As evidence, here is what it looks like:

Notice the light white color and the bubbles at the top. When this is brewing, you can see the motion in the water. When you touch the container, the bubbles all kick loose and rise to the top. My second batch looks to have a bit of a darker color to it.

Here’s what I did.


  • 1 cup hard red winter wheat
  • Couple quarts distilled water
  • 3 Tablespoons ORMUS (Sea Salt Precipitate)

I followed the common sprouting instructions for the wheat. That entails soaking the wheat for 8 or so hours, rinsing and letting sprout for another 48. I’ve got a standard quart size mason jar with a sprouting lid that works just fine. (I’ve got a picture of the sprouting jar here.) Then, after rinsing them a last time, I poured the seeds; roots, stems and seeds into a two quart jar for brewing. Using an eyedropper, I measured about 3 tablespoons wet ORMUS onto the wheat and then covered with distilled water. I believe the last time I tried to do this I used regular tap water – which most likely was the reason for the bad tasting finished product. You basically want to make sure you don’t kill the wild yeasts on the wheat by overdoing any chlorine. Once the jar was full, I lightly placed the lid on and set it on top of the fridge to brew. When I felt like it, I gently turned the bottle to mix up the water just a little.

After brewing for 48 hours or so, I stirred lightly and poured most of the water into the serving container that I could store in the fridge. I purposely left some ORMUS that settled on the bottom and some extra fluid to turbo-charge the second brewing. I figure that shouldn’t take but 24 hours.

One of the better descriptions that I found for brewing can be found on the Superfoods~for~Superhealth website in their Rejuvelac Recipe page. The only thing that I did differently is that I didn’t blend it before hand. That just seemed like too much work for this simple drink. And, because it has ORMUS in it, I really wanted to see how it would be absorbed by the micro organisms.

I wish I’d taken a picture of the mixture an hour or so after I set it up to brew. The ORMUS that was in suspension settled out on the top layer of wheat giving it a ghostly – snowy look. As the yeast went to work, the ORMUS thinned out and nearly disappeared. A small layer ended up on the bottom of the jar, but I’d guess the rest went into solution – which is exactly what I set out to do.

Now comes the second half of the experiment – the consuming of the tonic! So far, it’s not bad. Actually, it’s pretty good. In a couple weeks I’ll update the story, but for now, it seems to agree with me.

Oh, as a side note, the probiotics that I’ve been taking, well, I set out to test them. I found that, because they are yeasts (just like Rejuvelac) they will grow in a sugar water mixture. Well, that is, if you have a good – living – probiotic!  At the same time that I started the Rejuvelac, I also mixed up some sugar water and placed the contents of a probiotic capsle in it. The Rejuvelac is done, and I can’t see any growth what so ever with the probiotic starter! What really makes me feel bad is that I spent 33 bucks on that jar and I know it’s all just simply dead. Looks like I’ll have to try to get my money back.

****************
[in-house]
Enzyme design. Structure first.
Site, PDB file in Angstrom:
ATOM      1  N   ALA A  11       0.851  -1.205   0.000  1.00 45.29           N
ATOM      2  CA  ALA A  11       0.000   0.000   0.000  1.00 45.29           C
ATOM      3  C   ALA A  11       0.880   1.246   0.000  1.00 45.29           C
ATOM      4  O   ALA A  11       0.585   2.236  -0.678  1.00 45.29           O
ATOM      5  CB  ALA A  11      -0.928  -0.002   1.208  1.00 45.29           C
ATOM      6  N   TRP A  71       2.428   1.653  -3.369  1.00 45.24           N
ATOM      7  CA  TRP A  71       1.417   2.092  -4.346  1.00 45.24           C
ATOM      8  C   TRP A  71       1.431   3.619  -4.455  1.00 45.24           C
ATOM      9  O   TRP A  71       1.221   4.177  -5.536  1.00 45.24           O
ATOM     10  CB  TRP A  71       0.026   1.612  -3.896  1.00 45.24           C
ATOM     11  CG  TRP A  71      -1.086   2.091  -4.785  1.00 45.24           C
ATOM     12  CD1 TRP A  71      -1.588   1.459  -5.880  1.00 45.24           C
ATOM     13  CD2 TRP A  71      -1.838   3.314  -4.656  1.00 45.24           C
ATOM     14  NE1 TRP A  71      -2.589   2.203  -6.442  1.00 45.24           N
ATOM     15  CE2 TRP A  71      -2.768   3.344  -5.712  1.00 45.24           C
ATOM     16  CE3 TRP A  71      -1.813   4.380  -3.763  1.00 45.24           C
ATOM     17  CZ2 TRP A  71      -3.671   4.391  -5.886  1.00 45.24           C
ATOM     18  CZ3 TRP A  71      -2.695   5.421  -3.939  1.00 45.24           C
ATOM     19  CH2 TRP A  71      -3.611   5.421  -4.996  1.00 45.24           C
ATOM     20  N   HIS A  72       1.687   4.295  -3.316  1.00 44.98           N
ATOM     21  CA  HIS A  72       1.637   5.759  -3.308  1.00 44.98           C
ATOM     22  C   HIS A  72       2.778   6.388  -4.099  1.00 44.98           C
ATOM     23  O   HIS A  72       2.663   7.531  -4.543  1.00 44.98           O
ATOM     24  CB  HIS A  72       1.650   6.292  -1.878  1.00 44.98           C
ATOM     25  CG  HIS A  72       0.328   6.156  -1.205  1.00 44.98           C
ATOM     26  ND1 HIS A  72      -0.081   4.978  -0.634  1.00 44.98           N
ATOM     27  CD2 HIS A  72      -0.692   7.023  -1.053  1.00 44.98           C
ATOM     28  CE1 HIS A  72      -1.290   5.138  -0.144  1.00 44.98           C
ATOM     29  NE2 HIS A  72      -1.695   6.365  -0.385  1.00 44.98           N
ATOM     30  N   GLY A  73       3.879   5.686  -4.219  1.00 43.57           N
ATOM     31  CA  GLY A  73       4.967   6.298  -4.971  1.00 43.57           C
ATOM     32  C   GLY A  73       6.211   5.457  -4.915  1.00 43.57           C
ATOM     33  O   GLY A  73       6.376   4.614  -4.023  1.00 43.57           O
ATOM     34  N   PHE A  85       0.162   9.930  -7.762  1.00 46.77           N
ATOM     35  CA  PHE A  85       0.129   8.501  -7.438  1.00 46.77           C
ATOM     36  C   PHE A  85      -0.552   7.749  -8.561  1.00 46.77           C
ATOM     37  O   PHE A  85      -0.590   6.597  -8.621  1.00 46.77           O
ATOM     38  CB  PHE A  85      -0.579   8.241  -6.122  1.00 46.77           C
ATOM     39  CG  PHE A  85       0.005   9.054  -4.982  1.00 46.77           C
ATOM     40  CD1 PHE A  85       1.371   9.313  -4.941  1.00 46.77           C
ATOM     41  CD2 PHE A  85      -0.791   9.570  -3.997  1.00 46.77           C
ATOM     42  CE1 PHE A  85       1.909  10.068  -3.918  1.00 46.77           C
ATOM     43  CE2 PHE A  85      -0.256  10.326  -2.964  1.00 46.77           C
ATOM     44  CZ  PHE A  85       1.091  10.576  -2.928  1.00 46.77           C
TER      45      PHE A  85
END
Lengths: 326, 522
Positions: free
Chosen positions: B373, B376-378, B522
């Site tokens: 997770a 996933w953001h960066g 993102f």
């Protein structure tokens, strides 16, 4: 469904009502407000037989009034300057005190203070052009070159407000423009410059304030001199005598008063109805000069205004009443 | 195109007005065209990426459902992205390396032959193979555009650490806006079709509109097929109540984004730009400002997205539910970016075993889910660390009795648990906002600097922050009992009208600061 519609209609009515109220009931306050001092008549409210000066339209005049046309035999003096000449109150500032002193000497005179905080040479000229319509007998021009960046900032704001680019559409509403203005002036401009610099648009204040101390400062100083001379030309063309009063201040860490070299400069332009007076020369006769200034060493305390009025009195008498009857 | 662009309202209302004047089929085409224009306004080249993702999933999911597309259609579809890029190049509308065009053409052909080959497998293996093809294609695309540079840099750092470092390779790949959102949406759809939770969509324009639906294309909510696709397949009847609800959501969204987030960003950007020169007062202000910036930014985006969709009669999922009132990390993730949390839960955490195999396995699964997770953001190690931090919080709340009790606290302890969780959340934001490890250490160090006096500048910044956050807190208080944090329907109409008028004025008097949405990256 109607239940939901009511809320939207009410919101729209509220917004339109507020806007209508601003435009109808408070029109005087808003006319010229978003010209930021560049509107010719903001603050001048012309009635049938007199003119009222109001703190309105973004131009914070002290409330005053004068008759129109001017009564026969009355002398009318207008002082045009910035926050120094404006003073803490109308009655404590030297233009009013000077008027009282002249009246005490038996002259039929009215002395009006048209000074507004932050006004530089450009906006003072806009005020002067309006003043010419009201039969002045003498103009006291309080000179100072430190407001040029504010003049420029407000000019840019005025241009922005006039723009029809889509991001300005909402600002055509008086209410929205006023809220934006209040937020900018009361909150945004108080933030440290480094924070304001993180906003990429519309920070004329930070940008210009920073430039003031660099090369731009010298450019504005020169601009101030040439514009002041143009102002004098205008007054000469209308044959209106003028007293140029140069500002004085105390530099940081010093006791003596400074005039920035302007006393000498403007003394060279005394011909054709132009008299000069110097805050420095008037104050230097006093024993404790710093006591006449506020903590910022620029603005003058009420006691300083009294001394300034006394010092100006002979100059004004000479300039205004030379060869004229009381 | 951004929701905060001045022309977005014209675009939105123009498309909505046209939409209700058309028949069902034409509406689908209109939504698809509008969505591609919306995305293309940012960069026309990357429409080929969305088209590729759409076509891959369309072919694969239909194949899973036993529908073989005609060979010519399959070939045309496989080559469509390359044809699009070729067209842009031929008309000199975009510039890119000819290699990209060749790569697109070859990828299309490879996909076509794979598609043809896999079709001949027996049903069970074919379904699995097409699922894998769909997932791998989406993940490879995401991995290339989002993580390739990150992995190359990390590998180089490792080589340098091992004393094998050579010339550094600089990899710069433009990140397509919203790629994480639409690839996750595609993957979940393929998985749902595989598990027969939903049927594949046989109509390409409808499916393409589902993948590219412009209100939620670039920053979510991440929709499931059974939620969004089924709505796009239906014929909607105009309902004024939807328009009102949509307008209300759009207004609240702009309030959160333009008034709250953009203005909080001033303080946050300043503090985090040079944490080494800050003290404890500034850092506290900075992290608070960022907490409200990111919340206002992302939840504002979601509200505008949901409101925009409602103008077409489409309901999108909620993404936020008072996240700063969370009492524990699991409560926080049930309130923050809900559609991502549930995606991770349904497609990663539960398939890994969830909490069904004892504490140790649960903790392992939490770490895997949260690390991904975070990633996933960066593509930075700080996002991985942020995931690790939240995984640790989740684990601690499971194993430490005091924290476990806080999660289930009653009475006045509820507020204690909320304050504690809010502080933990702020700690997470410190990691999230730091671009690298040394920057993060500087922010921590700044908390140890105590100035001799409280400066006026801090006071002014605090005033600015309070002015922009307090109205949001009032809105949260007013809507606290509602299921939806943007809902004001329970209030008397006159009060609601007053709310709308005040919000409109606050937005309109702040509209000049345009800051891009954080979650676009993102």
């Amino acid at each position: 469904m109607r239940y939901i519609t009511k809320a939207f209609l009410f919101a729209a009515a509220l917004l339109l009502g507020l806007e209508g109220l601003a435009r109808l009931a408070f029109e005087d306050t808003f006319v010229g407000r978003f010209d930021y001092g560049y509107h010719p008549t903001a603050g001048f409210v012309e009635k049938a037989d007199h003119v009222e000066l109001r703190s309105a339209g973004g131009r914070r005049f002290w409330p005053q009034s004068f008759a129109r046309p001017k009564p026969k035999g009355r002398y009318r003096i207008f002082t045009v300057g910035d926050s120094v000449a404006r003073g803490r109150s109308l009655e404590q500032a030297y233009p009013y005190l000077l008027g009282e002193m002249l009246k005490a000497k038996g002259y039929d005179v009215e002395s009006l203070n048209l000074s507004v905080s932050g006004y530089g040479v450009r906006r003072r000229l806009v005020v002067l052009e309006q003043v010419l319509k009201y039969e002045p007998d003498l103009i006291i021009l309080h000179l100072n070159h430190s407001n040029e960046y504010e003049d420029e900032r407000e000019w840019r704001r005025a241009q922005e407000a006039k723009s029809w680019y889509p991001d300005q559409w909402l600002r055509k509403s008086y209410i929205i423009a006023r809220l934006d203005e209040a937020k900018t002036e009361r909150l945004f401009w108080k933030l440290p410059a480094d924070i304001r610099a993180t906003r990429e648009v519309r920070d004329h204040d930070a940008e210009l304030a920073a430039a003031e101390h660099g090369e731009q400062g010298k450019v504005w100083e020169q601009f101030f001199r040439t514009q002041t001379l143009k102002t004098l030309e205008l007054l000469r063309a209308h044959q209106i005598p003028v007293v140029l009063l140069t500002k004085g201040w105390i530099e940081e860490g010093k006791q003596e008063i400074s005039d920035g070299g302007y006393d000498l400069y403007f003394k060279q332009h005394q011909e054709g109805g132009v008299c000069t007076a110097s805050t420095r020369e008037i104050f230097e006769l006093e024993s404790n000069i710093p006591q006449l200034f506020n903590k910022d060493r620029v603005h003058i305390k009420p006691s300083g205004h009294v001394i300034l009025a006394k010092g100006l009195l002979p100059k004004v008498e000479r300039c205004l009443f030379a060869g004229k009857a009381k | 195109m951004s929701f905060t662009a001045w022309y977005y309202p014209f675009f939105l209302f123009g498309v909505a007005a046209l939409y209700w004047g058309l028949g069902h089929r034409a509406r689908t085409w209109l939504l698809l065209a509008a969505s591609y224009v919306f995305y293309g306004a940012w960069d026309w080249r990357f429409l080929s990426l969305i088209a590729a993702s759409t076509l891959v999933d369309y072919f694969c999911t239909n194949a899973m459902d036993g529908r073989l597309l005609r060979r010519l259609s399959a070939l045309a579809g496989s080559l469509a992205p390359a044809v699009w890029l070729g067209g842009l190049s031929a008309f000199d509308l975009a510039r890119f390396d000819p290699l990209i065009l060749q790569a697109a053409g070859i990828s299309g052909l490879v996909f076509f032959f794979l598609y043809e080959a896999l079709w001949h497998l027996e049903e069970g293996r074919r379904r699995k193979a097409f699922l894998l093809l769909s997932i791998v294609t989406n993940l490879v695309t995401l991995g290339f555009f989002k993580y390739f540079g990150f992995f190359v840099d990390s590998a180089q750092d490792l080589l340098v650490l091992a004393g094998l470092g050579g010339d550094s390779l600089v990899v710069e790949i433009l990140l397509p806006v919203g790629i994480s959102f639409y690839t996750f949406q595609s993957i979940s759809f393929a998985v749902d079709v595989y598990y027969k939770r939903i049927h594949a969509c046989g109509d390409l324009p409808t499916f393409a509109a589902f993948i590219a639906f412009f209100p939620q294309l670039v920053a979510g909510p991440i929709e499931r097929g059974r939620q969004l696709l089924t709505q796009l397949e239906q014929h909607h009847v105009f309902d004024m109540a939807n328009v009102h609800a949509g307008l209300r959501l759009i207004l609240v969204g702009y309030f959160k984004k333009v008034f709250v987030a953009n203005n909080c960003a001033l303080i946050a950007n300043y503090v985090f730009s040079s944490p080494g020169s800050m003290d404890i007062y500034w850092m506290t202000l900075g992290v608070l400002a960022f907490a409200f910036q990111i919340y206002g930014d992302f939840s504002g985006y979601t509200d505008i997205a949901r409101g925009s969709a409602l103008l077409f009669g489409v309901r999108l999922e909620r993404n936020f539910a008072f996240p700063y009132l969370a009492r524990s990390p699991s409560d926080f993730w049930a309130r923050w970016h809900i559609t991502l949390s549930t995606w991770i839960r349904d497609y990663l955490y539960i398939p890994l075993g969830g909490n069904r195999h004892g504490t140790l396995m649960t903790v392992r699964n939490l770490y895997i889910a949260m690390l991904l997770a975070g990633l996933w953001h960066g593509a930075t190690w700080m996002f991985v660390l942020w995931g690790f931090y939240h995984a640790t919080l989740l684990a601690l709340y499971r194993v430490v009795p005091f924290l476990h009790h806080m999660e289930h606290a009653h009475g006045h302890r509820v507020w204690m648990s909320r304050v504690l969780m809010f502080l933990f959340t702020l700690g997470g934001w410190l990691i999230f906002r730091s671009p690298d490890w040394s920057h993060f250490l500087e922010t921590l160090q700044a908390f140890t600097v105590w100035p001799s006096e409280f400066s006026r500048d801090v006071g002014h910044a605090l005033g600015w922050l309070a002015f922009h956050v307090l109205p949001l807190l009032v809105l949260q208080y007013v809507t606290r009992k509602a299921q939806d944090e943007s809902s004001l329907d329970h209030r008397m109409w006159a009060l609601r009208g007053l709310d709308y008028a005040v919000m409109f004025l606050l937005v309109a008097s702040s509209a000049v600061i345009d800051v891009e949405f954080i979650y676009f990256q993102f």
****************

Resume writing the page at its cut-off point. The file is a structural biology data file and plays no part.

Hope you find the motivation to start and make your own Rejuvelac!

Oh, a thought just came to me! I’ve been meaning to make some raw seed cheese, well, I know have the rejuvelac that I can use as a starter. Looks like I’m going to have something else to do this next weekend!

Take care.

How to grow wheatgrass

Once again, it’s time to blog about wheatgrass. This winter I’ve found myself in an abundance of grass, so much so that I’ve even made posts on facebook to give it away! I love having extra flats around for the grass is so vibrant. When it comes to harvesting, it’s now a simple 10 minute process. It probably takes more time to ‘synchronize’ with the juice than it does to make it and cleanup.

If you haven’t ever had a sip of this stuff, you don’t know that it moves you so deep that it will make your whole body quiver. I guess the closest feeling is a shot of pure tequila, but there is no burning sensation. So, each time I press an ounce or so to drink, I pick up the shot and let my body harmonize with the juice before I down it. During that time, while I’m holding it, I’ll notice my body preparing. I might get the sniffles, saliva might start to flow or my stomach might growl or turn (in a good way) so I’ve learned that this is a process by which my body synchronizes with this powerful substance.

I’ve you’ve experienced the quiver that you get after taking a shot of wheatgrass, you might want to give harmonizing with the juice a chance before downing it next time. I’m sure that if my body can adjust by simply holding it in my hand, you’re can too.

Growing Wheatgrass

It was many years ago that I was first introduced to growing wheatgrass. When I did, I grew it for the seed rather than grass. Today, I like the grass better than the sprouted seeds and the grass is pretty easy to grow.